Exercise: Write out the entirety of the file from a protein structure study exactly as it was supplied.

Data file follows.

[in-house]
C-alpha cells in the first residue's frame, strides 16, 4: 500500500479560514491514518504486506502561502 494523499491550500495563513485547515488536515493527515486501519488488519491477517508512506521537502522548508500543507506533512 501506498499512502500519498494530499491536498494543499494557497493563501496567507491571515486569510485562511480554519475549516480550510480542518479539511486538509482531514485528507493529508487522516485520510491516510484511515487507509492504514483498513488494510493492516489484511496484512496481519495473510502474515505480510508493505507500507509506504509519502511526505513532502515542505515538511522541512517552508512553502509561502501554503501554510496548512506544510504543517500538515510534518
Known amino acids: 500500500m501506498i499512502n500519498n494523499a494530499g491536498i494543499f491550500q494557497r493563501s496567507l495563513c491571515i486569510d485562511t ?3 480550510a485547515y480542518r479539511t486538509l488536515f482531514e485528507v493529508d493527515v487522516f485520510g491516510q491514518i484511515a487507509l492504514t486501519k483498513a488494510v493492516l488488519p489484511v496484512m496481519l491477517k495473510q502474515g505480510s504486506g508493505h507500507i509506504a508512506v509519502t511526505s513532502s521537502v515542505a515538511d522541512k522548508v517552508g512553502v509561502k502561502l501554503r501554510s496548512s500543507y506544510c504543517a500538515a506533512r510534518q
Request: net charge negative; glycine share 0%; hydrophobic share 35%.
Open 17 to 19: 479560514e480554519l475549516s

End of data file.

[in-house]
C-alpha cells in the first residue's frame, strides 16, 4: 500500500479560514491514518504486506502561502 494523499491550500495563513485547515488536515493527515486501519488488519491477517508512506521537502522548508500543507506533512 501506498499512502500519498494530499491536498494543499494557497493563501496567507491571515486569510485562511480554519475549516480550510480542518479539511486538509482531514485528507493529508487522516485520510491516510484511515487507509492504514483498513488494510493492516489484511496484512496481519495473510502474515505480510508493505507500507509506504509519502511526505513532502515542505515538511522541512517552508512553502509561502501554503501554510496548512506544510504543517500538515510534518
Known amino acids: 500500500m501506498i499512502n500519498n494523499a494530499g491536498i494543499f491550500q494557497r493563501s496567507l495563513c491571515i486569510d485562511t ?3 480550510a485547515y480542518r479539511t486538509l488536515f482531514e485528507v493529508d493527515v487522516f485520510g491516510q491514518i484511515a487507509l492504514t486501519k483498513a488494510v493492516l488488519p489484511v496484512m496481519l491477517k495473510q502474515g505480510s504486506g508493505h507500507i509506504a508512506v509519502t511526505s513532502s521537502v515542505a515538511d522541512k522548508v517552508g512553502v509561502k502561502l501554503r501554510s496548512s500543507y506544510c504543517a500538515a506533512r510534518q
Request: net charge negative; glycine share 0%; hydrophobic share 35%.
Open 17 to 19: 479560514e480554519l475549516s